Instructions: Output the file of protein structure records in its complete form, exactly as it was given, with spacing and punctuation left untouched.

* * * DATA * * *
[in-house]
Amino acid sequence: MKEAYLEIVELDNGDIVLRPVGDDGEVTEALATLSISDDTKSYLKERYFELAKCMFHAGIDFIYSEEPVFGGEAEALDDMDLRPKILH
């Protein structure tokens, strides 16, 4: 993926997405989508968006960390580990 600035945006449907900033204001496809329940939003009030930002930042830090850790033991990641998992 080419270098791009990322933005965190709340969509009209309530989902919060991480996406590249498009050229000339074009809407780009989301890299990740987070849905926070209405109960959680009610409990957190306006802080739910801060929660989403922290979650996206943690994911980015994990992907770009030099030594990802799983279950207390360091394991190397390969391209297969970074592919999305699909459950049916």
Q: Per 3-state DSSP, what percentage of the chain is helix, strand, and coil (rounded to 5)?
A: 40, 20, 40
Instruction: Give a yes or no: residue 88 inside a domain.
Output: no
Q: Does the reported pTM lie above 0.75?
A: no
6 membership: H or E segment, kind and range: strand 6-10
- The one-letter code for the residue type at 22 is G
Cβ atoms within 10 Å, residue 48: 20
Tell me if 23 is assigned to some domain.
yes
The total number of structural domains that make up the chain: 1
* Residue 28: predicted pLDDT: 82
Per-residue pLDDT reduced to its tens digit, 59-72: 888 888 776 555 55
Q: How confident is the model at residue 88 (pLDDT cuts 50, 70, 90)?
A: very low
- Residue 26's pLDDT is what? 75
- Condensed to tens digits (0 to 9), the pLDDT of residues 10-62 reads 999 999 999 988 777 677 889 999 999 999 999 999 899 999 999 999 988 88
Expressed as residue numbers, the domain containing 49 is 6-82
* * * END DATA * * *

[in-house]
Amino acid sequence: MKEAYLEIVELDNGDIVLRPVGDDGEVTEALATLSISDDTKSYLKERYFELAKCMFHAGIDFIYSEEPVFGGEAEALDDMDLRPKILH
């Protein structure tokens, strides 16, 4: 993926997405989508968006960390580990 600035945006449907900033204001496809329940939003009030930002930042830090850790033991990641998992 080419270098791009990322933005965190709340969509009209309530989902919060991480996406590249498009050229000339074009809407780009989301890299990740987070849905926070209405109960959680009610409990957190306006802080739910801060929660989403922290979650996206943690994911980015994990992907770009030099030594990802799983279950207390360091394991190397390969391209297969970074592919999305699909459950049916």
Q: Per 3-state DSSP, what percentage of the chain is helix, strand, and coil (rounded to 5)?
A: 40, 20, 40
Instruction: Give a yes or no: residue 88 inside a domain.
Output: no
Q: Does the reported pTM lie above 0.75?
A: no
6 membership: H or E segment, kind and range: strand 6-10
- The one-letter code for the residue type at 22 is G
Cβ atoms within 10 Å, residue 48: 20
Tell me if 23 is assigned to some domain.
yes
The total number of structural domains that make up the chain: 1
* Residue 28: predicted pLDDT: 82
Per-residue pLDDT reduced to its tens digit, 59-72: 888 888 776 555 55
Q: How confident is the model at residue 88 (pLDDT cuts 50, 70, 90)?
A: very low
- Residue 26's pLDDT is what? 75
- Condensed to tens digits (0 to 9), the pLDDT of residues 10-62 reads 999 999 999 988 777 677 889 999 999 999 999 999 899 999 999 999 988 88
Expressed as residue numbers, the domain containing 49 is 6-82